A book by Harrison Withers
Foreword by Erik Buell

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Business can be abstract and detached. By comparison, motorcycle racing is primal and visceral, and has an unmistakable goal.

Harrison Withers, expert talent development consultant and amateur motorcycle racer, has cleverly brought those two worlds together, finding unique parallels between concepts of business and those of motorcycle racing. He views the relationship between the two through the lens of technology, people, and performance. It all starts with the motivation to engage—why business practitioners and racers alike not only accept the risk, but embrace and ultimately love it.

Analogies abound between business and racing: Where people fit on the team, how performance is measured, how it is improved, and how to put predictive models into practice; competitive class structures, organizational design, the role of simulation in testing and practice, and race-day execution.

Harrison’s thoughts bring to light some connections we’ve never thought of before and in so doing given us a fresh perspective on business.

Book foreword by Erik Buell, motorcycling legend and managing member of Erik Buell Racing.

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Organization Horsepower: Thinking Like a Motorcycle Racing Team

Reviews

“Harrison Withers takes us on a fascinating, fun ride through the world of motorcycle racing, drawing parallels at every turn (get it?) to a holistic view of the performance improvement game. Seeing how performance improvement happens inside racing’s ever-measured ecosystem offers excellent food for thought, and I’d argue it’s more likely to engender change than the challenges of trying to copy a competing business’s ‘best practices’. This is a great resource for those seeking to improve the machine and the team.”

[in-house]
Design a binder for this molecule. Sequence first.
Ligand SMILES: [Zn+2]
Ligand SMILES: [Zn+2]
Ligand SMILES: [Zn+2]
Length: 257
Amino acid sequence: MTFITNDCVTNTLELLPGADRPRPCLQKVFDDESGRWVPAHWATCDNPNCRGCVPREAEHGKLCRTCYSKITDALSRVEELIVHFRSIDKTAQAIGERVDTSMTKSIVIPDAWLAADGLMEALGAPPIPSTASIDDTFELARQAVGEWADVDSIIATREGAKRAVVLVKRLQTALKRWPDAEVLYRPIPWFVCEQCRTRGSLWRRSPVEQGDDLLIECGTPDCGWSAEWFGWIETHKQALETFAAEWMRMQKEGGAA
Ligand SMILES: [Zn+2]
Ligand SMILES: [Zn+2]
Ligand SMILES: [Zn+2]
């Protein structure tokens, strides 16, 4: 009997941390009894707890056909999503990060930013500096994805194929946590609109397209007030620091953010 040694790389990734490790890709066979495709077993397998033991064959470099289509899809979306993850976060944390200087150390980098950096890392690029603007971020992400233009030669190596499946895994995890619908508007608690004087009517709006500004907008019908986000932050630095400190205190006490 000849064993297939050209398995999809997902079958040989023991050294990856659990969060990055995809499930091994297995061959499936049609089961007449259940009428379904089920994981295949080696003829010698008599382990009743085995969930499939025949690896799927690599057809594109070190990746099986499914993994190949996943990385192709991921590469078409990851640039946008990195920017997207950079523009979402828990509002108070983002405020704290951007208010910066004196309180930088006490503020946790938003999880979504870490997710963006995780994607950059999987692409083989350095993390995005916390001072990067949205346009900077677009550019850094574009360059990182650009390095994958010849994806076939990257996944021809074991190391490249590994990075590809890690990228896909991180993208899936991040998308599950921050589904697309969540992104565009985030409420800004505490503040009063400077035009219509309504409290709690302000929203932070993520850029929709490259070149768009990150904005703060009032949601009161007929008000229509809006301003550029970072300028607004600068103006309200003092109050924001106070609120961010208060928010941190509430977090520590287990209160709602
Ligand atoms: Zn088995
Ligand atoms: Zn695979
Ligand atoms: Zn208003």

-Jane Bozarth, author of Show Your Work: The Payoffs and How-To’s of Working Out Loud

“The concept behind Organization Horsepower and how the disciplines learned from racing can be applied to business is fascinating.  Ingenuity, passion, organization, competitive drive, attention to detail, the will to win, and most importantly, to never give up is common DNA amongst winning race teams… and successful companies.

Each and every day, speed is becoming the driving force in business.  As quoted in this book, Hemingway said, ‘There are only three sports in this world, bullfighting, motorsports, mountaineering, everything else is just a game.’ Maybe in the 21st century, business is becoming the 4th sport.”
-Michael Czysz, Founder, MotoCzysz

“Performance is a sport – inside and outside of the workplace.  We strive to thrive.  Harrison Withers has written a compelling pitch for performance – using the sport of Motorcycle Racing as a powerful and useful metaphor.  Talent, learning, and HR colleagues must read this – ‘start your engines’ now!”
-Elliott Masie, Chair, The Learning CONSORTIUM